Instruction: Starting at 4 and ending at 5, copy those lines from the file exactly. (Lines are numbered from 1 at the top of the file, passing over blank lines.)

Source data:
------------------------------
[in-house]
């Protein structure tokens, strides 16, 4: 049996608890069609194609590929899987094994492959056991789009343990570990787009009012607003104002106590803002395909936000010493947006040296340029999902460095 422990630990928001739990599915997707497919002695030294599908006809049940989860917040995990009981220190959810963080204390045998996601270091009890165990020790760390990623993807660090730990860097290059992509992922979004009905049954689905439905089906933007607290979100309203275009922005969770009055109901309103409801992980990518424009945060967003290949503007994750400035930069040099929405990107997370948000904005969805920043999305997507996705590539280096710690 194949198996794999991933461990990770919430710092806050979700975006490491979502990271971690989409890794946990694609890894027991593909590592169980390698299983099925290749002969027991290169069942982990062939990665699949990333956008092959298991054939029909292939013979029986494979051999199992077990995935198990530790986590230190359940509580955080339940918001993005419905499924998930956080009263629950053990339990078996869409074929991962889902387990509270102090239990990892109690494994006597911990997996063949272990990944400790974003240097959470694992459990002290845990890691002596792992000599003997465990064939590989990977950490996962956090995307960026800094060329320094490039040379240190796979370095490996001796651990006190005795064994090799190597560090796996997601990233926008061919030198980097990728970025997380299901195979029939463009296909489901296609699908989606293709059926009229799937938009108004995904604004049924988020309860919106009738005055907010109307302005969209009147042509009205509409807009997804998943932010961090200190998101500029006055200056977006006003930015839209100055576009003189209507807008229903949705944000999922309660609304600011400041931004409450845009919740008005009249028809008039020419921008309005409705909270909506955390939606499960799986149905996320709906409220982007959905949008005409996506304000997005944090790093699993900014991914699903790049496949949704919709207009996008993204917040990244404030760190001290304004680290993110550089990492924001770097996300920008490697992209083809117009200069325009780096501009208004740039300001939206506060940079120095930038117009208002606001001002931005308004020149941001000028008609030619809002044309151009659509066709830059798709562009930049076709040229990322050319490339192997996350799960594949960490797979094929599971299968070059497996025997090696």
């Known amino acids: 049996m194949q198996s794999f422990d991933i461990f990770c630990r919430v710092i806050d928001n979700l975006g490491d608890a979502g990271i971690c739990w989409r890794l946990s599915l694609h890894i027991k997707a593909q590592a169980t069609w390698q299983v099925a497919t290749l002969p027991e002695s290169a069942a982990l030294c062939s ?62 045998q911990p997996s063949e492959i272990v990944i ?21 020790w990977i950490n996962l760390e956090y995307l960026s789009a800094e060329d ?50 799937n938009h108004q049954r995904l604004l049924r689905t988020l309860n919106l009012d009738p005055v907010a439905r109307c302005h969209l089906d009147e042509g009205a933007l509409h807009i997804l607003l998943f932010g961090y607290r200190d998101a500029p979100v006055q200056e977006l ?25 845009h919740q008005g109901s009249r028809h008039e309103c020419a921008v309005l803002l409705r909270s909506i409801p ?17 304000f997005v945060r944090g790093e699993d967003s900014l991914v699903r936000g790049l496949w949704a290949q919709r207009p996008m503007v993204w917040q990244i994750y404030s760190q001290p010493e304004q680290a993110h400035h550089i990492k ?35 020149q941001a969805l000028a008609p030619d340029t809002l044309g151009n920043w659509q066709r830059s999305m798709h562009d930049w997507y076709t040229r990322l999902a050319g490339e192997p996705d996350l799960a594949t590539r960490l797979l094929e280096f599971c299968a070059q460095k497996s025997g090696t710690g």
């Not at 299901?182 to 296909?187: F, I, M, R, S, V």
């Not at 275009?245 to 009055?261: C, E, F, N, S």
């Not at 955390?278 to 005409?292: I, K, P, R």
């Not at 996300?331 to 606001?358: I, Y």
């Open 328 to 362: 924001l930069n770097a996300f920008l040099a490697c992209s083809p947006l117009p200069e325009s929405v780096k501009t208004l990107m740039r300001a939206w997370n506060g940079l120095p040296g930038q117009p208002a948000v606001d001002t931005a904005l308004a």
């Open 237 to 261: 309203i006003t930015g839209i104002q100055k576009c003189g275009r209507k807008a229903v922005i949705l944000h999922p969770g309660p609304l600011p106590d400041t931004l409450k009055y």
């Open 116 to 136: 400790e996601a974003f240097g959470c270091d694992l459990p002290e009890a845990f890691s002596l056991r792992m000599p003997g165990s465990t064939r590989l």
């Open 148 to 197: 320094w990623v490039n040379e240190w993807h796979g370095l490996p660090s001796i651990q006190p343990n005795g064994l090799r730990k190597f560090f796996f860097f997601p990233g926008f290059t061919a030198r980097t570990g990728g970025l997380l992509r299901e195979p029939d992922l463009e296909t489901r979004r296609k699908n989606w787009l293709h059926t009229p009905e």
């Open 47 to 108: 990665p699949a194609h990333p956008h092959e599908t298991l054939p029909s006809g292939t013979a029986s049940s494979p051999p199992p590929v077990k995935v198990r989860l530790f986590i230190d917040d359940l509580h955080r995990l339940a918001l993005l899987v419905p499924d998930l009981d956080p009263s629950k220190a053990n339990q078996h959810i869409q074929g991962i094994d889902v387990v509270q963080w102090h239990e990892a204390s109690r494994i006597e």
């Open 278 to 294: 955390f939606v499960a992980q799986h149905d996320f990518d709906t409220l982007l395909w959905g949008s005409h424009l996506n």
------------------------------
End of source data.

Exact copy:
């Not at 299901?182 to 296909?187: F, I, M, R, S, V």
């Not at 275009?245 to 009055?261: C, E, F, N, S």